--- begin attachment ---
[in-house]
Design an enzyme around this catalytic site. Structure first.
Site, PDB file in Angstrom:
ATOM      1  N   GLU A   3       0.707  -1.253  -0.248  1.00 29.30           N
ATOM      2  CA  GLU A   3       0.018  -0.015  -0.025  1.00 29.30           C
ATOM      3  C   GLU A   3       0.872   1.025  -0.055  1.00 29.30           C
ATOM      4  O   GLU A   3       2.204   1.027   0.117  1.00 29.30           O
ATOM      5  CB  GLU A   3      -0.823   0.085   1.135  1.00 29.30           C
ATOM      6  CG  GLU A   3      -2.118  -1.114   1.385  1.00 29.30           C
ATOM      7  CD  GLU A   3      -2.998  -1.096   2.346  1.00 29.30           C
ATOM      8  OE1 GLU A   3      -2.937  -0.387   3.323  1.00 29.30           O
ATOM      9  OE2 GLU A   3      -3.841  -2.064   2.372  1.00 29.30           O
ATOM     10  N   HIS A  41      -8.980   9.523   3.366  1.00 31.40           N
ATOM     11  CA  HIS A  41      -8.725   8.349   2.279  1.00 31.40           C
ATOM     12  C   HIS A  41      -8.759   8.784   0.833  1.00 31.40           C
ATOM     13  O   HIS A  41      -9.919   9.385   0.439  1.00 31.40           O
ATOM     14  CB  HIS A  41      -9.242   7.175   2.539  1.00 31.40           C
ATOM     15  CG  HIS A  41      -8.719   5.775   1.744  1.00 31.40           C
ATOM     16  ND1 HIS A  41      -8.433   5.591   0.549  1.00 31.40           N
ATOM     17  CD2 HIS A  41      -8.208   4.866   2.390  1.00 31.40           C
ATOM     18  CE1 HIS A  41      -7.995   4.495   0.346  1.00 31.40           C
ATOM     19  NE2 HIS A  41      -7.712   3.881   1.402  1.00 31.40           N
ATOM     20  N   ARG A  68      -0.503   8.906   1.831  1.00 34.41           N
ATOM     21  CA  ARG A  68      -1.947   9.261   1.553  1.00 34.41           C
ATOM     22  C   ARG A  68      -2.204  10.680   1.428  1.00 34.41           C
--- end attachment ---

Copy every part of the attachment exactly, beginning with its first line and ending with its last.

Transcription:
[in-house]
Design an enzyme around this catalytic site. Structure first.
Site, PDB file in Angstrom:
ATOM      1  N   GLU A   3       0.707  -1.253  -0.248  1.00 29.30           N
ATOM      2  CA  GLU A   3       0.018  -0.015  -0.025  1.00 29.30           C
ATOM      3  C   GLU A   3       0.872   1.025  -0.055  1.00 29.30           C
ATOM      4  O   GLU A   3       2.204   1.027   0.117  1.00 29.30           O
ATOM      5  CB  GLU A   3      -0.823   0.085   1.135  1.00 29.30           C
ATOM      6  CG  GLU A   3      -2.118  -1.114   1.385  1.00 29.30           C
ATOM      7  CD  GLU A   3      -2.998  -1.096   2.346  1.00 29.30           C
ATOM      8  OE1 GLU A   3      -2.937  -0.387   3.323  1.00 29.30           O
ATOM      9  OE2 GLU A   3      -3.841  -2.064   2.372  1.00 29.30           O
ATOM     10  N   HIS A  41      -8.980   9.523   3.366  1.00 31.40           N
ATOM     11  CA  HIS A  41      -8.725   8.349   2.279  1.00 31.40           C
ATOM     12  C   HIS A  41      -8.759   8.784   0.833  1.00 31.40           C
ATOM     13  O   HIS A  41      -9.919   9.385   0.439  1.00 31.40           O
ATOM     14  CB  HIS A  41      -9.242   7.175   2.539  1.00 31.40           C
ATOM     15  CG  HIS A  41      -8.719   5.775   1.744  1.00 31.40           C
ATOM     16  ND1 HIS A  41      -8.433   5.591   0.549  1.00 31.40           N
ATOM     17  CD2 HIS A  41      -8.208   4.866   2.390  1.00 31.40           C
ATOM     18  CE1 HIS A  41      -7.995   4.495   0.346  1.00 31.40           C
ATOM     19  NE2 HIS A  41      -7.712   3.881   1.402  1.00 31.40           N
ATOM     20  N   ARG A  68      -0.503   8.906   1.831  1.00 34.41           N
ATOM     21  CA  ARG A  68      -1.947   9.261   1.553  1.00 34.41           C
ATOM     22  C   ARG A  68      -2.204  10.680   1.428  1.00 34.41           C